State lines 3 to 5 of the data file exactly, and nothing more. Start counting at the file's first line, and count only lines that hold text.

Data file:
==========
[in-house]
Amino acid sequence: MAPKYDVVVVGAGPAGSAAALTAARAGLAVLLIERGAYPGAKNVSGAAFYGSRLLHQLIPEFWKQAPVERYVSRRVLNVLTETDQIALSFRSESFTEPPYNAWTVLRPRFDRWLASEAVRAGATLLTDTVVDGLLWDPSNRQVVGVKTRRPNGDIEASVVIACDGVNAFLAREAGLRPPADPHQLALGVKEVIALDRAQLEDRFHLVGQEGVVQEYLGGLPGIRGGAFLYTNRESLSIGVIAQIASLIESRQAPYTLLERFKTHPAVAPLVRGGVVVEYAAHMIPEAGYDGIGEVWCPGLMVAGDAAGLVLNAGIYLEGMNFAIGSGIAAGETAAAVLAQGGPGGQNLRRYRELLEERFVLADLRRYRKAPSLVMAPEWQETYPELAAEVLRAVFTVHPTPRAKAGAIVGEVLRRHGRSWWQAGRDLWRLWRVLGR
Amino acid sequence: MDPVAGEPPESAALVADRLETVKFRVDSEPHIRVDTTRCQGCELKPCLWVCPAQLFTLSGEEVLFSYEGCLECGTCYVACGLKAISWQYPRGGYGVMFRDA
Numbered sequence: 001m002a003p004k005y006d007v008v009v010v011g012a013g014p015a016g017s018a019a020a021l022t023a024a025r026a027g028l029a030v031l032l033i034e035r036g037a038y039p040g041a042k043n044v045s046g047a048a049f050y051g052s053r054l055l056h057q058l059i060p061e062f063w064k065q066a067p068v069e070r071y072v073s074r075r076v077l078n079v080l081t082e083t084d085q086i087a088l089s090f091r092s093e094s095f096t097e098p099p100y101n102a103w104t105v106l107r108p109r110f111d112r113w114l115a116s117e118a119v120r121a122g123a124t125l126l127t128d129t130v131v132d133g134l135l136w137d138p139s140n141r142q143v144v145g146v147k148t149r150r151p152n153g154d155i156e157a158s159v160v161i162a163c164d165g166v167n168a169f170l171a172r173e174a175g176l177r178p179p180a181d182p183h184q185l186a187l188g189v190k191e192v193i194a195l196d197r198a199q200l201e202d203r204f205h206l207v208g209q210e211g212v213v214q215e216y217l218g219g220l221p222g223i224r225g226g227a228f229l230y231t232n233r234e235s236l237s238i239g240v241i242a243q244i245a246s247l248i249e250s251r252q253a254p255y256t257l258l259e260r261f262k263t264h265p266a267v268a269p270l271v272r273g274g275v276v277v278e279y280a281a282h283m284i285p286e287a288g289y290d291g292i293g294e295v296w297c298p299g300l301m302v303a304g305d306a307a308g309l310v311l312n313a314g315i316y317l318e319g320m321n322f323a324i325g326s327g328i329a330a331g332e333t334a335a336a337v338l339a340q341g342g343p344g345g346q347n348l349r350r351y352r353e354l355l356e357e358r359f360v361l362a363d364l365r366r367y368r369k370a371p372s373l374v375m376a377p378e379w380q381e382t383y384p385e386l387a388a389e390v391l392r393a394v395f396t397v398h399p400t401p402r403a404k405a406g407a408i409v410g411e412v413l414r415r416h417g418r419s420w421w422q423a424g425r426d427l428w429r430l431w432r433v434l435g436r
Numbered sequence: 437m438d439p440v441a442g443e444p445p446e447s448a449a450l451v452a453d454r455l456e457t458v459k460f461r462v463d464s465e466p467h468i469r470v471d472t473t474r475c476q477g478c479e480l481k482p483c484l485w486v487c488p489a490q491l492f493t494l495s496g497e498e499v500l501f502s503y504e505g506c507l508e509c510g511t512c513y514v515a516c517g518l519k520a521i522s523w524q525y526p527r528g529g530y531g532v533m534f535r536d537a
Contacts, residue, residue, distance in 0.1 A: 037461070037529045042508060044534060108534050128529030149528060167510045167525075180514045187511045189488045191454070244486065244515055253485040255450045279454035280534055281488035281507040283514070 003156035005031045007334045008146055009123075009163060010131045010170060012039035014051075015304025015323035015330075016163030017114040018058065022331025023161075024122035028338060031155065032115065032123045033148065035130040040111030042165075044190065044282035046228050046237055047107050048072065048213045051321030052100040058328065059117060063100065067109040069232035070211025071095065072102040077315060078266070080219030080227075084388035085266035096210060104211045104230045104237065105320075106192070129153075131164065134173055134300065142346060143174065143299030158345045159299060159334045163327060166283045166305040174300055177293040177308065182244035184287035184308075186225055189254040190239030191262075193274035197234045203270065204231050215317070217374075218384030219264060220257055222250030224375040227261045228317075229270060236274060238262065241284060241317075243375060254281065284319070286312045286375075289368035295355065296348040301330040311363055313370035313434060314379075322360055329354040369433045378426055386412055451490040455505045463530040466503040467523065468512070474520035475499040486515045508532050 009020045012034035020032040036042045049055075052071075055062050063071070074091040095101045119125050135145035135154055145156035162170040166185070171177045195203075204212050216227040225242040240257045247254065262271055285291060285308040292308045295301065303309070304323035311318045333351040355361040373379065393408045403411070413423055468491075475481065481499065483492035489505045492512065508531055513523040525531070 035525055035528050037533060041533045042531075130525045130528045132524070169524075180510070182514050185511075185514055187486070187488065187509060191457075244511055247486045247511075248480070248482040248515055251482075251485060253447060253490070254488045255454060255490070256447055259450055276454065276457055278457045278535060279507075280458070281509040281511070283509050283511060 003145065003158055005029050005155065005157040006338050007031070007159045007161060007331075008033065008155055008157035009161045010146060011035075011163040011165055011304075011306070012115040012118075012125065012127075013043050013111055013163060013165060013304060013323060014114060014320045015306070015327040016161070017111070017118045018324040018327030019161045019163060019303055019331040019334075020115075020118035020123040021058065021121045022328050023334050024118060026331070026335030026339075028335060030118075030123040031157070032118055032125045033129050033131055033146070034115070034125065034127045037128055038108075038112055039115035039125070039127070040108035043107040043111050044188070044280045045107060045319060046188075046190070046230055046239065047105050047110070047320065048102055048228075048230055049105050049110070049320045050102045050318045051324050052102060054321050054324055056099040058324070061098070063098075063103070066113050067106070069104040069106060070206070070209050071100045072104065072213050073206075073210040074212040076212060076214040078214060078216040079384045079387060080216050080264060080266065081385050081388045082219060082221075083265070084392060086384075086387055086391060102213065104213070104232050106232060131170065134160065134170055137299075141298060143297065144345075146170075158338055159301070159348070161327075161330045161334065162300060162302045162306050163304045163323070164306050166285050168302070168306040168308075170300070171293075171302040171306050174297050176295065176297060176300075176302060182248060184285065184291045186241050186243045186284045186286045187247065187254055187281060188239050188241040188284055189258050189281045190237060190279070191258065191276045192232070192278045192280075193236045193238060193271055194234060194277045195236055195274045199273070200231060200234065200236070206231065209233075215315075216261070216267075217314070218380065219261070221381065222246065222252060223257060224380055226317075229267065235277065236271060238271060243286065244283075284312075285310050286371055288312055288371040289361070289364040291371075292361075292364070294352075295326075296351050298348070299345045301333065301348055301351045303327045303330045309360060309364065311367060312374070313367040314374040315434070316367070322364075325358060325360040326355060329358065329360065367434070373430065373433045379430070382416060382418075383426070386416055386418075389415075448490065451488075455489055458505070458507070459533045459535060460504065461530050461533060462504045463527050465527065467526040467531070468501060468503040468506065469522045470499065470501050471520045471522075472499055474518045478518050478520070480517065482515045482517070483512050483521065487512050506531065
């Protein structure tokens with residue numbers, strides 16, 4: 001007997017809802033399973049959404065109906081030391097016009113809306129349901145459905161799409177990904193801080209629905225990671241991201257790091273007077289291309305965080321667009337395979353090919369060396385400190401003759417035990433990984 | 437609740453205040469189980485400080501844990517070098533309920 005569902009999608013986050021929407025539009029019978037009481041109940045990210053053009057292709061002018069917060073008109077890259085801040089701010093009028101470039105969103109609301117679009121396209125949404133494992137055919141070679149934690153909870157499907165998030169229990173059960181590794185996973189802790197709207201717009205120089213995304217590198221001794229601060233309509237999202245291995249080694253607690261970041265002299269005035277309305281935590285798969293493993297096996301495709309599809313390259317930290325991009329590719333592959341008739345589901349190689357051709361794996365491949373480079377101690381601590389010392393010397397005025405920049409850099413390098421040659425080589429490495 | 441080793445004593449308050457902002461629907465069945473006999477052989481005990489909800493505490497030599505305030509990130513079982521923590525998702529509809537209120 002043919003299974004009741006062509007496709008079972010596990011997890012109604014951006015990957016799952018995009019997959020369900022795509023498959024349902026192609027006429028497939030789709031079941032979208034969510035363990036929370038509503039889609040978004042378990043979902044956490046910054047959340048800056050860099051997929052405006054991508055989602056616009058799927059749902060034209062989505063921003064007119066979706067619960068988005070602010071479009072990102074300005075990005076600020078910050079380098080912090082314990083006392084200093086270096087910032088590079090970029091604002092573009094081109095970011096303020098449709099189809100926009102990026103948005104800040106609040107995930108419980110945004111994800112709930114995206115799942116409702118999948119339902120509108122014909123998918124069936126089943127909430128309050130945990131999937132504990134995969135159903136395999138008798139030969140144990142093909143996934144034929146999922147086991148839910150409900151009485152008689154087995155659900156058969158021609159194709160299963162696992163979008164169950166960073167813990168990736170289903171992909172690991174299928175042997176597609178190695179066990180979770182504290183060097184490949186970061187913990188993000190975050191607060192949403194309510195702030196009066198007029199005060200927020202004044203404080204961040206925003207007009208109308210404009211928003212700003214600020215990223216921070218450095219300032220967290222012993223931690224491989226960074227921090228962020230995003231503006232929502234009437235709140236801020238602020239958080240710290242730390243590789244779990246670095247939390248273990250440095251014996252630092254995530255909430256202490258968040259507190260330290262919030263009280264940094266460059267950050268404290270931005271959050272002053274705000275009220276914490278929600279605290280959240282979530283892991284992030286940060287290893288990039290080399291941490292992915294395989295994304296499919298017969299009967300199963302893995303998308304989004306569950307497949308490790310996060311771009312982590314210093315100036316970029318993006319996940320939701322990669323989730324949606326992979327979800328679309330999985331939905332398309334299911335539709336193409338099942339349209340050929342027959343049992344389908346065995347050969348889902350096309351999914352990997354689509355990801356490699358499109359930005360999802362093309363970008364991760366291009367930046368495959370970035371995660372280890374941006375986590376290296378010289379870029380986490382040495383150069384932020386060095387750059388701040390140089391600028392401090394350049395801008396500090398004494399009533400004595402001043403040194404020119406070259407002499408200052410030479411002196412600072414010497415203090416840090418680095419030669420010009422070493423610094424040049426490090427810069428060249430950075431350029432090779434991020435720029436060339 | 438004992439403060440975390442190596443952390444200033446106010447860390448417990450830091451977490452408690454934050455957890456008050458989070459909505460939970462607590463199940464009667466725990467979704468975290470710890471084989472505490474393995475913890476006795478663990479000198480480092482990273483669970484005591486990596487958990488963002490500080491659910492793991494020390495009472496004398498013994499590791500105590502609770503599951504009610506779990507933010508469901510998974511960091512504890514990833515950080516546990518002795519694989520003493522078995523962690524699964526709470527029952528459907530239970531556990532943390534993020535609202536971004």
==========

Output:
Amino acid sequence: MDPVAGEPPESAALVADRLETVKFRVDSEPHIRVDTTRCQGCELKPCLWVCPAQLFTLSGEEVLFSYEGCLECGTCYVACGLKAISWQYPRGGYGVMFRDA
Numbered sequence: 001m002a003p004k005y006d007v008v009v010v011g012a013g014p015a016g017s018a019a020a021l022t023a024a025r026a027g028l029a030v031l032l033i034e035r036g037a038y039p040g041a042k043n044v045s046g047a048a049f050y051g052s053r054l055l056h057q058l059i060p061e062f063w064k065q066a067p068v069e070r071y072v073s074r075r076v077l078n079v080l081t082e083t084d085q086i087a088l089s090f091r092s093e094s095f096t097e098p099p100y101n102a103w104t105v106l107r108p109r110f111d112r113w114l115a116s117e118a119v120r121a122g123a124t125l126l127t128d129t130v131v132d133g134l135l136w137d138p139s140n141r142q143v144v145g146v147k148t149r150r151p152n153g154d155i156e157a158s159v160v161i162a163c164d165g166v167n168a169f170l171a172r173e174a175g176l177r178p179p180a181d182p183h184q185l186a187l188g189v190k191e192v193i194a195l196d197r198a199q200l201e202d203r204f205h206l207v208g209q210e211g212v213v214q215e216y217l218g219g220l221p222g223i224r225g226g227a228f229l230y231t232n233r234e235s236l237s238i239g240v241i242a243q244i245a246s247l248i249e250s251r252q253a254p255y256t257l258l259e260r261f262k263t264h265p266a267v268a269p270l271v272r273g274g275v276v277v278e279y280a281a282h283m284i285p286e287a288g289y290d291g292i293g294e295v296w297c298p299g300l301m302v303a304g305d306a307a308g309l310v311l312n313a314g315i316y317l318e319g320m321n322f323a324i325g326s327g328i329a330a331g332e333t334a335a336a337v338l339a340q341g342g343p344g345g346q347n348l349r350r351y352r353e354l355l356e357e358r359f360v361l362a363d364l365r366r367y368r369k370a371p372s373l374v375m376a377p378e379w380q381e382t383y384p385e386l387a388a389e390v391l392r393a394v395f396t397v398h399p400t401p402r403a404k405a406g407a408i409v410g411e412v413l414r415r416h417g418r419s420w421w422q423a424g425r426d427l428w429r430l431w432r433v434l435g436r
Numbered sequence: 437m438d439p440v441a442g443e444p445p446e447s448a449a450l451v452a453d454r455l456e457t458v459k460f461r462v463d464s465e466p467h468i469r470v471d472t473t474r475c476q477g478c479e480l481k482p483c484l485w486v487c488p489a490q491l492f493t494l495s496g497e498e499v500l501f502s503y504e505g506c507l508e509c510g511t512c513y514v515a516c517g518l519k520a521i522s523w524q525y526p527r528g529g530y531g532v533m534f535r536d537a